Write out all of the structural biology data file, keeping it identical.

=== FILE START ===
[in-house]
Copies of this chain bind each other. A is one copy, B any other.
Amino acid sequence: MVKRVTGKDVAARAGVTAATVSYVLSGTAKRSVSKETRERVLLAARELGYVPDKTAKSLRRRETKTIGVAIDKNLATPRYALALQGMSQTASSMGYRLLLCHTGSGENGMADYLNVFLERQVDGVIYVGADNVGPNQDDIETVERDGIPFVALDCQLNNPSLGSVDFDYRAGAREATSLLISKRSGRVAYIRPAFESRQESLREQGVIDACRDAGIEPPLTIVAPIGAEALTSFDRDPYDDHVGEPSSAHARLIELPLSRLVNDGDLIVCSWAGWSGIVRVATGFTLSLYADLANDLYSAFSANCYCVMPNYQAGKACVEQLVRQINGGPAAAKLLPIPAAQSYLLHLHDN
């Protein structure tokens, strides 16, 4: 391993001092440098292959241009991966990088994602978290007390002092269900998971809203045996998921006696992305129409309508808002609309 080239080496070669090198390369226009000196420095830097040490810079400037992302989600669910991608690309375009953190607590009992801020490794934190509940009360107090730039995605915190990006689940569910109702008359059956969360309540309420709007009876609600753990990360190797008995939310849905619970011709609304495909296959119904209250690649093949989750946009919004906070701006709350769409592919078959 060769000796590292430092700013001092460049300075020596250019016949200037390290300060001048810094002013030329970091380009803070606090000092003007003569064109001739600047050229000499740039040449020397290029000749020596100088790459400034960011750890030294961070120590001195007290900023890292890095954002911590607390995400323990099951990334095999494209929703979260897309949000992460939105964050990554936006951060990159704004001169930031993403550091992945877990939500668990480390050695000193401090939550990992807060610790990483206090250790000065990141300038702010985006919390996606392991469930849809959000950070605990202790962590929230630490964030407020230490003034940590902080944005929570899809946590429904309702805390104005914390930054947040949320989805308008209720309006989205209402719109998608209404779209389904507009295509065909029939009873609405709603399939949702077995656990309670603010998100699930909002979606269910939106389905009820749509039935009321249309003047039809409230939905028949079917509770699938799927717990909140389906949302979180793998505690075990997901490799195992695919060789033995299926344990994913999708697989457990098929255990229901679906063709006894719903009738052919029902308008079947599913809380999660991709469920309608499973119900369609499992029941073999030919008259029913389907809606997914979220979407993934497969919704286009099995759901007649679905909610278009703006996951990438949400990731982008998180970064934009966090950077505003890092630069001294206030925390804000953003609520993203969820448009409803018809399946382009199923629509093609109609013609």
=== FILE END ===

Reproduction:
[in-house]
Copies of this chain bind each other. A is one copy, B any other.
Amino acid sequence: MVKRVTGKDVAARAGVTAATVSYVLSGTAKRSVSKETRERVLLAARELGYVPDKTAKSLRRRETKTIGVAIDKNLATPRYALALQGMSQTASSMGYRLLLCHTGSGENGMADYLNVFLERQVDGVIYVGADNVGPNQDDIETVERDGIPFVALDCQLNNPSLGSVDFDYRAGAREATSLLISKRSGRVAYIRPAFESRQESLREQGVIDACRDAGIEPPLTIVAPIGAEALTSFDRDPYDDHVGEPSSAHARLIELPLSRLVNDGDLIVCSWAGWSGIVRVATGFTLSLYADLANDLYSAFSANCYCVMPNYQAGKACVEQLVRQINGGPAAAKLLPIPAAQSYLLHLHDN
């Protein structure tokens, strides 16, 4: 391993001092440098292959241009991966990088994602978290007390002092269900998971809203045996998921006696992305129409309508808002609309 080239080496070669090198390369226009000196420095830097040490810079400037992302989600669910991608690309375009953190607590009992801020490794934190509940009360107090730039995605915190990006689940569910109702008359059956969360309540309420709007009876609600753990990360190797008995939310849905619970011709609304495909296959119904209250690649093949989750946009919004906070701006709350769409592919078959 060769000796590292430092700013001092460049300075020596250019016949200037390290300060001048810094002013030329970091380009803070606090000092003007003569064109001739600047050229000499740039040449020397290029000749020596100088790459400034960011750890030294961070120590001195007290900023890292890095954002911590607390995400323990099951990334095999494209929703979260897309949000992460939105964050990554936006951060990159704004001169930031993403550091992945877990939500668990480390050695000193401090939550990992807060610790990483206090250790000065990141300038702010985006919390996606392991469930849809959000950070605990202790962590929230630490964030407020230490003034940590902080944005929570899809946590429904309702805390104005914390930054947040949320989805308008209720309006989205209402719109998608209404779209389904507009295509065909029939009873609405709603399939949702077995656990309670603010998100699930909002979606269910939106389905009820749509039935009321249309003047039809409230939905028949079917509770699938799927717990909140389906949302979180793998505690075990997901490799195992695919060789033995299926344990994913999708697989457990098929255990229901679906063709006894719903009738052919029902308008079947599913809380999660991709469920309608499973119900369609499992029941073999030919008259029913389907809606997914979220979407993934497969919704286009099995759901007649679905909610278009703006996951990438949400990731982008998180970064934009966090950077505003890092630069001294206030925390804000953003609520993203969820448009409803018809399946382009199923629509093609109609013609």